• Hi Portia! Lovely, lovely post. I had a bit of the same experience and revelation as you, when I was traveling for a year. That it may be more difficult to stay in the same place and build a community there than it is to ‘go go go’ and leave and travel. It’s hard to stay with yourself – and wherever you go, there you are.

    I also love the idea with the photos, wherever I go, I so badly want the right photo, so it makes it challenging and unrealistic sometimes.

    It’s good to meet you – great work here!
    xo
    Krista

    • Hey Krista! Thanks for connecting and glad you enjoyed the post. You’re so lucky you got to travel for a whole year! That’s something I really want to do soon too. I agree though–it’s difficult to build a community no matter where we are or how long we’ve been in one place. Times are changing I suppose with how interactive and online everything is these days, but it’s interesting that’s for sure!

  • Great post, Portia. It’s so easy to get caught up in building traffic and putting your best face forward, but the reality is that people want to see the real you. No matter how much you travel, your stories will never be the same as anyone else’s.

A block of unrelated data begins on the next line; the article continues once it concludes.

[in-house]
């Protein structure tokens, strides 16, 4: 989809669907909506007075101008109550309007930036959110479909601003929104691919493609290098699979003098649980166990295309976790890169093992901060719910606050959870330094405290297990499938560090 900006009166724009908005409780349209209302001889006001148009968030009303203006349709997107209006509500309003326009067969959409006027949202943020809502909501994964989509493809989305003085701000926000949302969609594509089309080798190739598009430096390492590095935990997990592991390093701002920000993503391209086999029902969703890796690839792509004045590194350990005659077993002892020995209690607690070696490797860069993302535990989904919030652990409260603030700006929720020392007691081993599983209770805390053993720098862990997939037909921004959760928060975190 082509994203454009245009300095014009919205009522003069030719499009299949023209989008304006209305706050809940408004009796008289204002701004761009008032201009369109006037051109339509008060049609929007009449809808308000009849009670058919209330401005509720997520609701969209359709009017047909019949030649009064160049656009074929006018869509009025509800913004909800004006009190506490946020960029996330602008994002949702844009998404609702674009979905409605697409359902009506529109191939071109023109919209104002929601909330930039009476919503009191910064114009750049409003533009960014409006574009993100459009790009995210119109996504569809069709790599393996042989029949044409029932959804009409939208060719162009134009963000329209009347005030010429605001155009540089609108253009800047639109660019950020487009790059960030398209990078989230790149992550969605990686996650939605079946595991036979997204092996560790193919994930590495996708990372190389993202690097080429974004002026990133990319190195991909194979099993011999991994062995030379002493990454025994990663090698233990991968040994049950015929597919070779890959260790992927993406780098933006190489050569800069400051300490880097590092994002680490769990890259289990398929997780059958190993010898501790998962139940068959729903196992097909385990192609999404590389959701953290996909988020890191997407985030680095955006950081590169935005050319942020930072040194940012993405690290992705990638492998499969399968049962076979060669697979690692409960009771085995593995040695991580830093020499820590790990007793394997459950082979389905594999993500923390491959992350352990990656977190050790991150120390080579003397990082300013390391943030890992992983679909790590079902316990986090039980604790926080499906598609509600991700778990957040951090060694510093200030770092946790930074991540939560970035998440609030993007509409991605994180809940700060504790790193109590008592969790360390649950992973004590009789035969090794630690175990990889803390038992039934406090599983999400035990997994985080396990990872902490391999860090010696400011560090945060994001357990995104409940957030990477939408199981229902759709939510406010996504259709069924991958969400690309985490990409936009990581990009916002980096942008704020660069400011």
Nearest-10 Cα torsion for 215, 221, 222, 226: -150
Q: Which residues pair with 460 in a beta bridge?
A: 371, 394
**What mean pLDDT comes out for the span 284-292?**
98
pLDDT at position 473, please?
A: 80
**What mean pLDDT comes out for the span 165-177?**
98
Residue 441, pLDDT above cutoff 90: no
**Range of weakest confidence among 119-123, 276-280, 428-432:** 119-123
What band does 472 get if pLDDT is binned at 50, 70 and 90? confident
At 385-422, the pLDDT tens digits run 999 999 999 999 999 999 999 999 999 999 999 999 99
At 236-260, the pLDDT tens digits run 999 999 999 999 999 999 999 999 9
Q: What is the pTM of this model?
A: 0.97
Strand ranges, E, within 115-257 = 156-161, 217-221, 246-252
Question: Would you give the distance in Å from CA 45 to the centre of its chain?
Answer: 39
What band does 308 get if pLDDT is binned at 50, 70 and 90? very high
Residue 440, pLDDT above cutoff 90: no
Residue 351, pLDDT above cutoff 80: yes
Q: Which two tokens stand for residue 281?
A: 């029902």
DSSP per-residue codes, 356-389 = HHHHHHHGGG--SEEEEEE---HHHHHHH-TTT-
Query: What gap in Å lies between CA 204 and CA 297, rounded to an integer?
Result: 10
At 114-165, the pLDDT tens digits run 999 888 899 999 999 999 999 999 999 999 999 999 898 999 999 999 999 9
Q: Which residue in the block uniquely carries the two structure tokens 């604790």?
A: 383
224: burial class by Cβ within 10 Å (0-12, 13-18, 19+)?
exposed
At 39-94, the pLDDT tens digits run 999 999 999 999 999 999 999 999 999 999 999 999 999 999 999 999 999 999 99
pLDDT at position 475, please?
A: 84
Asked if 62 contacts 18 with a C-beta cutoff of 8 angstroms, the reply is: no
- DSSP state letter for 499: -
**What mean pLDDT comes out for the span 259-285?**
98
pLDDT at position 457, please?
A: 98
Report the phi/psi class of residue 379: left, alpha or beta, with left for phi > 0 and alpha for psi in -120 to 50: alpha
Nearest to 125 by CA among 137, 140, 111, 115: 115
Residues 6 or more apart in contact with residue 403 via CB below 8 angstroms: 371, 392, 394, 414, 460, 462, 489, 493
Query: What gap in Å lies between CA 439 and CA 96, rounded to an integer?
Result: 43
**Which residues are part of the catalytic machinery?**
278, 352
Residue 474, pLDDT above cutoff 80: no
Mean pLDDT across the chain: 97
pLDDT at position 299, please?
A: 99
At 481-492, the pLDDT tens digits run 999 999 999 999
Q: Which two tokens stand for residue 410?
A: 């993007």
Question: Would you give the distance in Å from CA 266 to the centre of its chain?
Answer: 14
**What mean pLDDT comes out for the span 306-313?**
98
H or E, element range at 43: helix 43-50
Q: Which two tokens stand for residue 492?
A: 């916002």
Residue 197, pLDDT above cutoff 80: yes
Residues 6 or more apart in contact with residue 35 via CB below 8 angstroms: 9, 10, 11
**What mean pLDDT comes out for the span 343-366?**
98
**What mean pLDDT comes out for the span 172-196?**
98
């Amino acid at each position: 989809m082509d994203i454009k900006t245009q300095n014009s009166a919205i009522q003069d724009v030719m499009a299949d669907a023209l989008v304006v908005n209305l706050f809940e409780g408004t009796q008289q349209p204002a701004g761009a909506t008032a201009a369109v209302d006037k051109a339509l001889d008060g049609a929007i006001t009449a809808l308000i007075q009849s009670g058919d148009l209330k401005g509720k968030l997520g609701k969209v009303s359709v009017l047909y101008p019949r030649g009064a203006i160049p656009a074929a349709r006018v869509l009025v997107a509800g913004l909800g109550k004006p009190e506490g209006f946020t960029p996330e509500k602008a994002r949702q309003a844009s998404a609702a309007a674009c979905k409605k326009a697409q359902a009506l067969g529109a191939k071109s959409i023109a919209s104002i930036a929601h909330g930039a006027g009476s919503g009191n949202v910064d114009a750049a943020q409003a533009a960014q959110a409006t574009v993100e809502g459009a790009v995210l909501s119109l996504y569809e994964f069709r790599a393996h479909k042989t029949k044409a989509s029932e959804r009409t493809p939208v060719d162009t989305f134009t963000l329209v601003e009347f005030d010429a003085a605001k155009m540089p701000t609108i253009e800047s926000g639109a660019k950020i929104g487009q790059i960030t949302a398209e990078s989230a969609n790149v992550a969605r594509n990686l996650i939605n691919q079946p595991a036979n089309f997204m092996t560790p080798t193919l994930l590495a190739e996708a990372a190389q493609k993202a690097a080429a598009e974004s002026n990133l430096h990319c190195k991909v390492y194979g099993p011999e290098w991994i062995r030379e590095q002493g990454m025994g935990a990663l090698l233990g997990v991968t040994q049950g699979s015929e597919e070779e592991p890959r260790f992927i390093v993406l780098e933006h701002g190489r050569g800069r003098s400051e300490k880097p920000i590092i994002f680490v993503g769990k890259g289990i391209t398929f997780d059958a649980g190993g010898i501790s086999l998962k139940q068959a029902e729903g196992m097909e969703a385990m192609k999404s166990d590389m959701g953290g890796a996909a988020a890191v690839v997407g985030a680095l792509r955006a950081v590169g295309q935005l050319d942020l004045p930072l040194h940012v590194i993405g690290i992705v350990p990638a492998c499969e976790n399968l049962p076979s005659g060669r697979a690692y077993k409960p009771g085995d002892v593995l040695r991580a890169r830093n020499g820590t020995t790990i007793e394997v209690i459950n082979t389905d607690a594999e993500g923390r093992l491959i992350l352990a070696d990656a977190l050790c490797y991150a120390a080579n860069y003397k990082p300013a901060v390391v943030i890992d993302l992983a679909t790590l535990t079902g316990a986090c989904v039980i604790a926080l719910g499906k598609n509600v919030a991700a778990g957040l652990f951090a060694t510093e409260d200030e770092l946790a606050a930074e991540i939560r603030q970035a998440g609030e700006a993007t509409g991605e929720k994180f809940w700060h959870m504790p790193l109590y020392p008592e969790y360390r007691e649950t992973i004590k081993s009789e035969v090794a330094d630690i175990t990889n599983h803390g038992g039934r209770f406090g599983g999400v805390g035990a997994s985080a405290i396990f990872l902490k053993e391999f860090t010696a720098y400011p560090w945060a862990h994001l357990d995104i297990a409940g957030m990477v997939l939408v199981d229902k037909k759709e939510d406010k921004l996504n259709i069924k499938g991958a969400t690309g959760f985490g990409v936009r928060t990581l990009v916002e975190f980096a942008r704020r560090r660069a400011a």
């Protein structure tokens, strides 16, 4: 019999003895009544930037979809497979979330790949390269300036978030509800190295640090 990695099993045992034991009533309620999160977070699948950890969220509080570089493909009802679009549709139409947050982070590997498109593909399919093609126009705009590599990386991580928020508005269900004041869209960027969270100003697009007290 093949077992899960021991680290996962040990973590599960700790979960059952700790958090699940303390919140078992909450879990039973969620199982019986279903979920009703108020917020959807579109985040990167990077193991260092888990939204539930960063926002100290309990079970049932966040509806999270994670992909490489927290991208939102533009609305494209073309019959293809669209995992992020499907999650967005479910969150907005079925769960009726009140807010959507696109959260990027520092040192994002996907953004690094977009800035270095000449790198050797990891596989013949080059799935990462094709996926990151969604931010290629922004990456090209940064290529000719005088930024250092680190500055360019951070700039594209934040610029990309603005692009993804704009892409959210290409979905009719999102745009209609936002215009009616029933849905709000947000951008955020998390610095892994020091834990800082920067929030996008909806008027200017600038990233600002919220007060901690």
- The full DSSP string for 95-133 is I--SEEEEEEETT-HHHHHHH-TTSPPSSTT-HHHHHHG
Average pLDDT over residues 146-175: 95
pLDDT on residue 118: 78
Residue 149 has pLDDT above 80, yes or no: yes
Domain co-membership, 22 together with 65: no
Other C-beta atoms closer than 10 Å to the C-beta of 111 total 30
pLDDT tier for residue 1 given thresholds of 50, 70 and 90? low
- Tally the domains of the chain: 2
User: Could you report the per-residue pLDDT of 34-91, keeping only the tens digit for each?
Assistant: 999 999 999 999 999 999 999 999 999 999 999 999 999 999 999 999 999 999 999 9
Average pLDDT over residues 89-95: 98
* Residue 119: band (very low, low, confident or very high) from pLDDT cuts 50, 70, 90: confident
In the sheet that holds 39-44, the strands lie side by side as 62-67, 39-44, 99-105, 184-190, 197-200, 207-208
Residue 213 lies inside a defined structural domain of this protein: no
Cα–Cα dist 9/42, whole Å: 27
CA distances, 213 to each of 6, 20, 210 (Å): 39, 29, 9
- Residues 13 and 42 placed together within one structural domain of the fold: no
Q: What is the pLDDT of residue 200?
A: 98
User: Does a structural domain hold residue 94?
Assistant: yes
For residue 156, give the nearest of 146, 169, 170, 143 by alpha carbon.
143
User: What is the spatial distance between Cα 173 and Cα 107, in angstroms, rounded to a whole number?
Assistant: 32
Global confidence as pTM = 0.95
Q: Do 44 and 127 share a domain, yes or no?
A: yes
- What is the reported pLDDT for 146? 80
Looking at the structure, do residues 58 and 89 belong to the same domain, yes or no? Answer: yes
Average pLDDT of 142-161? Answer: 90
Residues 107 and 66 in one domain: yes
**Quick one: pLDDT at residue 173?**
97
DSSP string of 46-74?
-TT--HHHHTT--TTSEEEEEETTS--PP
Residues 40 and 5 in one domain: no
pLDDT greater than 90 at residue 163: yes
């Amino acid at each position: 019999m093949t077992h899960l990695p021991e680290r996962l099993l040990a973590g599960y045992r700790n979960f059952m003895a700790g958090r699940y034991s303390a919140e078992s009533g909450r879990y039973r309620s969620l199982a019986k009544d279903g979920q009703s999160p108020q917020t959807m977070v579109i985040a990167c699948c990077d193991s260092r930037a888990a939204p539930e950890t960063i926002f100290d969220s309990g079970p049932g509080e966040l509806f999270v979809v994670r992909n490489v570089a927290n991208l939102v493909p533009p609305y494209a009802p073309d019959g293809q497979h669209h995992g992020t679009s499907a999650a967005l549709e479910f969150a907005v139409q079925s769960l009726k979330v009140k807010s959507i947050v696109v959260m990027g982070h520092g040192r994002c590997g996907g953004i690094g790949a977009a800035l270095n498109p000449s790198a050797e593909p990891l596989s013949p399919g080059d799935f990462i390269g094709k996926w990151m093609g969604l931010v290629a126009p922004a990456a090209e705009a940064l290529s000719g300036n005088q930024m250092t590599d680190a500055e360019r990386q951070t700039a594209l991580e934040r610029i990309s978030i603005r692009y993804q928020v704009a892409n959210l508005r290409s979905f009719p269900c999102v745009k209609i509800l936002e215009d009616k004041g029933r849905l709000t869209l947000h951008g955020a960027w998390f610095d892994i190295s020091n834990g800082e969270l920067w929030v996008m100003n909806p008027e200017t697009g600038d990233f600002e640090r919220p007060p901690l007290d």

• Thanks Tara! So true when you say our stories will never be the same as anyone else 🙂

  • geordieunsure

    What a post! I can relate to this on so many levels. I’ve found recent free time I have gained whilst I begin a new job has been filled with guilt that I should be progressing my blog/social media status at a million miles an hour and reading about how to do so successfully. The free time I’ve gained happens to be near beautiful Spanish beaches but the aforementioned guilt that I should be using the time more productively has prevented me from fully ‘switching off’. In trying to expand my social media and learn how to do so I feel I’ve lost hours and hours and made little or no progress, especially to the sort of accounts I follow. But as everybody says I guess patience is key and other things should always remain a priority. Im going to to go back to writing posts that only 20 people read, and be happy with that engagement rather than put pressure on myself to become more ‘global’

    • Thanks so much for stopping by! The guilt and determination of not blogging is what helped me start again, and I started by being honest with myself, thinking about the types of posts I’d want to read… in the hopes that others could relate. Social media plays such a big part too, but I realized that it’s not as important as simply publishing content you feel good about. I also agree that any engagement is better than none, even if the numbers are small. So jealous you’re in Spain right now! Thanks for connecting 🙂